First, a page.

The New Orleans Public Library and TrainingGrounds are teaming up to bring a free play center to New Orleans East.
Celebrate Asian American & Pacific Islander Heritage and History This May
May is Asian Pacific American Heritage Month and to celebrate, we’re taking a look through our City Archives & Special Collections to honor the history and heritage of Asian American and Pacific Islander communities in the New Orleans area.
These two photos are from 1906, which show the shrimp platforms of Manila Village –– a settlement of Chinese and Filipino sailors, fishermen, and laborers located on an island in Barataria Bay established in the 1870s.
The photos –– showing Quong Son Platform and Chung Fat Platform, respectively –– were taken on July 7, 1906, during a day trip to Grand Isle to celebrate the New Orleans Horticultural Society’s 21st anniversary.
These are some of the only known photographs documenting the raised shrimp platforms of Manila Village, which was destroyed in 1965 during Hurricane Betsy. The location is now underwater, but Manila Village’s influence on the shrimping industry, as well as its now-common stilted homes, would prove long-lasting.
Louisiana is also believed to be home to one of the United States’ first permanent Asian American settlements. Called Saint Malo, the fishing village was established in the 1830s on the eastern shore of Lake Borgne. It was destroyed by a hurricane in 1915.
Our Vertical Files and Local Serials Collection holds thousands of magazines, comic books, flyers, and other publications, including this program from the 1984 Asian/Pacific American Heritage Festival, which took place during the infamous 1984 World’s Fair.
It also contains issues of “Dat Hua,” a local Vietnamese-language magazine that listed resources for community organizations provided by the Associated Catholic Charities.
You can also celebrate Asian Pacific American Heritage Month with these book selections that highlight the culture, heritage, and experiences across the Asian, Pacific Islander, and Native Hawaiian diaspora:
APAHM Reads for Adults
APAHM Reads for Youth
Spotlight on AAPI Authors:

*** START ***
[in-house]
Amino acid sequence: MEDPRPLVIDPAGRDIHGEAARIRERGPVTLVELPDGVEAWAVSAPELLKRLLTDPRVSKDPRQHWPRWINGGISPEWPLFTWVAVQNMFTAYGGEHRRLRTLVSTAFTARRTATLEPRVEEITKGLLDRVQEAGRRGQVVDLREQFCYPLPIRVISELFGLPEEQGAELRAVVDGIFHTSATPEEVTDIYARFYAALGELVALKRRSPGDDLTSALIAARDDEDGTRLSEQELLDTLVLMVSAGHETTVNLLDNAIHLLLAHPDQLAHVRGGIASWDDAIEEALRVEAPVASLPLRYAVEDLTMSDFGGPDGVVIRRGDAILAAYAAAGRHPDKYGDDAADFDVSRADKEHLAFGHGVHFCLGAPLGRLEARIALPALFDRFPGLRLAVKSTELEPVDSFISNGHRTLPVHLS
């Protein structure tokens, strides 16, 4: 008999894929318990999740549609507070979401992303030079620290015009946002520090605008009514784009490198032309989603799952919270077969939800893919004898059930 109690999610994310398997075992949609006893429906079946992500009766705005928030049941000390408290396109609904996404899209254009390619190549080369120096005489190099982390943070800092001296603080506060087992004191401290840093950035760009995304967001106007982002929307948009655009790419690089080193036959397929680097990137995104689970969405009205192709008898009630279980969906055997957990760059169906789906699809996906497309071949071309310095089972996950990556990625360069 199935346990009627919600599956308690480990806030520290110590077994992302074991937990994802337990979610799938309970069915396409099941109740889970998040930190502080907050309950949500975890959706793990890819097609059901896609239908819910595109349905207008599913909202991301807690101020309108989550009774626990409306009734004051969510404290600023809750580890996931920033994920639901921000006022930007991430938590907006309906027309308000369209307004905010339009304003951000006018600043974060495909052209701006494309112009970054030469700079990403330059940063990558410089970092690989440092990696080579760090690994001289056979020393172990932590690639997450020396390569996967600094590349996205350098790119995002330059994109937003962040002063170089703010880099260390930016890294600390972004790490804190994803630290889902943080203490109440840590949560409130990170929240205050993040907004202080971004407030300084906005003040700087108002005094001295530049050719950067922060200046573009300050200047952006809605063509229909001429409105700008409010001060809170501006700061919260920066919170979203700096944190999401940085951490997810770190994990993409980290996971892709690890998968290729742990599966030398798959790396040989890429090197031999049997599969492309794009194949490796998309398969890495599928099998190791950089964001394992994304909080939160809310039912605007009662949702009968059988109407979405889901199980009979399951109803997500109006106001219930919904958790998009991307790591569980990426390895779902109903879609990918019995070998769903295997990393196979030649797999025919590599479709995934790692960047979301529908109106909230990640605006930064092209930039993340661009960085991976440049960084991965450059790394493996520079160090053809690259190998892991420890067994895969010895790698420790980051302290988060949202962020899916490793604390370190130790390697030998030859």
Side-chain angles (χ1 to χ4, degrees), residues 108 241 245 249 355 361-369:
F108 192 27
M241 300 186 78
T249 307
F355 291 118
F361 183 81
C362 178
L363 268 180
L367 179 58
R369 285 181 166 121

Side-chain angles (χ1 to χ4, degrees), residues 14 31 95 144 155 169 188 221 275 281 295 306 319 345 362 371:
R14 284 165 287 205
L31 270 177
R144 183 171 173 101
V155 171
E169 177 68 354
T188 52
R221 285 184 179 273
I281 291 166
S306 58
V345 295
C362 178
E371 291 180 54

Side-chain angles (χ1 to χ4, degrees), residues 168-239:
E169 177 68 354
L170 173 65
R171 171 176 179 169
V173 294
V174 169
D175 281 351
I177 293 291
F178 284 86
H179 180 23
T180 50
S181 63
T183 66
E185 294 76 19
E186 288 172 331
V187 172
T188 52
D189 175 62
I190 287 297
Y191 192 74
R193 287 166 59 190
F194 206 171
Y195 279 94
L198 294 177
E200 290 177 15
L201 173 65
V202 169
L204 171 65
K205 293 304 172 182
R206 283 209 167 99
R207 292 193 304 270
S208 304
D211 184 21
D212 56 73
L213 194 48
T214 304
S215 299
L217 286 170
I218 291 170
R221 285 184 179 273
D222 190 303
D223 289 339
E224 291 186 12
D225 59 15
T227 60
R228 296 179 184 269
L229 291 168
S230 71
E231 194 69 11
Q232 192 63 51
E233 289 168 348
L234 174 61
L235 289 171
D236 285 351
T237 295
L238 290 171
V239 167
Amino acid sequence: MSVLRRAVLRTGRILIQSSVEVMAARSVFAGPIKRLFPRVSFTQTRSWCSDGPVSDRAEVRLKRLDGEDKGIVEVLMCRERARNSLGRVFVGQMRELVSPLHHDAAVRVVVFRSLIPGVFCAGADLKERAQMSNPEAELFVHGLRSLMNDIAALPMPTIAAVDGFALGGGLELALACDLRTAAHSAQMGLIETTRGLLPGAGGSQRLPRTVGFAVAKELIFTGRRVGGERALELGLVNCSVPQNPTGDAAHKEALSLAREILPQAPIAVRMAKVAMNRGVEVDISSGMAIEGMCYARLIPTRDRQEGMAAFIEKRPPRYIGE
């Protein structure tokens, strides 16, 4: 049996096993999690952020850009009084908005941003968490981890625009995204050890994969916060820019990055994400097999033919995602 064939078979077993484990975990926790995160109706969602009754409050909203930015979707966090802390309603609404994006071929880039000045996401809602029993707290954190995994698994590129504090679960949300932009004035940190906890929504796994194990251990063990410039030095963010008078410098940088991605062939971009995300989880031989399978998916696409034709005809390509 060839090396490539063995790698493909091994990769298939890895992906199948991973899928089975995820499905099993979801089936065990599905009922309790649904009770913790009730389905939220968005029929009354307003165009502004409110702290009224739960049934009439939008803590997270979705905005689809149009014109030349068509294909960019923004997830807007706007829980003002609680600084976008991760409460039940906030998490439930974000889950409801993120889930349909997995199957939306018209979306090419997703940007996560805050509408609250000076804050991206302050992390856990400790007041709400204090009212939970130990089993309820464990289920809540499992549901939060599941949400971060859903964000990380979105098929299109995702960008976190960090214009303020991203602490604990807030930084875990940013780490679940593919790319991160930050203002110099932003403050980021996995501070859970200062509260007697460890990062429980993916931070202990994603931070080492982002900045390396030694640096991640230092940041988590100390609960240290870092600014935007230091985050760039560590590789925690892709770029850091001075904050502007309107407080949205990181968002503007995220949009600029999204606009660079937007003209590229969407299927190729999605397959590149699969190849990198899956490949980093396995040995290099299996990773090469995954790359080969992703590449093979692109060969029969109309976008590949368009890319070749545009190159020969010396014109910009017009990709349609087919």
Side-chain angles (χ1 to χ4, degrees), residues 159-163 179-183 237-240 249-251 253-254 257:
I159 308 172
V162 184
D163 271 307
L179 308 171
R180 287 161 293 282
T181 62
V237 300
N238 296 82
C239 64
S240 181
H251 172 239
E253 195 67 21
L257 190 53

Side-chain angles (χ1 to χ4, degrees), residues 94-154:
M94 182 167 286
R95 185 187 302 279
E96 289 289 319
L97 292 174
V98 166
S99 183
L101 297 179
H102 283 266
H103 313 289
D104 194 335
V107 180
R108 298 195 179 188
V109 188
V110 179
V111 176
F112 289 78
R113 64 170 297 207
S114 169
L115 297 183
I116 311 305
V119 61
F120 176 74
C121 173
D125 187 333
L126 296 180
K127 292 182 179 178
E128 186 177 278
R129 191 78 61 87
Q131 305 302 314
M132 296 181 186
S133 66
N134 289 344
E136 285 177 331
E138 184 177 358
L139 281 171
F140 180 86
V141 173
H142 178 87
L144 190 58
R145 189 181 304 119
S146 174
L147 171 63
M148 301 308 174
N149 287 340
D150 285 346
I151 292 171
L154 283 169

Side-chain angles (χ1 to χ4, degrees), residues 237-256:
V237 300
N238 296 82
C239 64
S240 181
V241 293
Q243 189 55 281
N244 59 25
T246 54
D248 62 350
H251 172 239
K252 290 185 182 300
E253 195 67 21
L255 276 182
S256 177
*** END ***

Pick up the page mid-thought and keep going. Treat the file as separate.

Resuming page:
For the past two years, the Library has partnered with VAYLA, a New Orleans-based nonprofit that incubates AAPI leaders for a more just tomorrow, and are committed to activating tomorrow’s AAPI leaders in New Orleans and beyond. VAYLA works to engender leadership to address social inequities through an anti-racist, Queer, Feminist lens, with projects like “Rooting Storms: Remembering What Remains.” This ongoing storytelling and reimagining data equity project aims to capture Asian American Pacific Islander diasporic stories in New Orleans and the Gulf South, during rapidly increasing Climate Crises and ongoing Environmental Racism through Storytelling.
VAYLA’s Executive Director, Jacqueline Thanh, MSW, started this project through the inaugural Harvard University Climate Justice Design Fellowship.
“This is a living breathing archive that intends to create dialogue with storytellers and community members,” Thanh said. “Through narrative plentitude and AAPI stories we can redefine data equity, mobility, and sovereignty for Asian Americans Pacific Islanders in New Orleans and beyond.”
VAYLA’s web-based story archive weaves across cultural and generational lines, languages, and borders. The project “seeks to acknowledge climate trauma and make visible the invisible labor and displacement that generations of Asian American Pacific Islanders have experienced and continue to experience in Greater New Orleans and the Gulf South.”
From 2000 to the present, at least 28 tropical or subtropical cyclones affected the U.S. state of Louisiana, which has a population of roughly 76,000 Asian-identifying residents, according to the latest U.S. Census.
New Orleans’ current population is roughly 391,000 people, but data conversations about the racial and ethnic backgrounds of our city often don’t include information about Asian Americans. Rooting Storms hopes to reimagine data and advocacy methods for AAPI populations that are seldom represented in quantitative and qualitative data, as these communities experience climate inequities, environmental racism, and data erasure.
Visit rootingstorms.org to explore these stories and find out how you can build on this project with your own.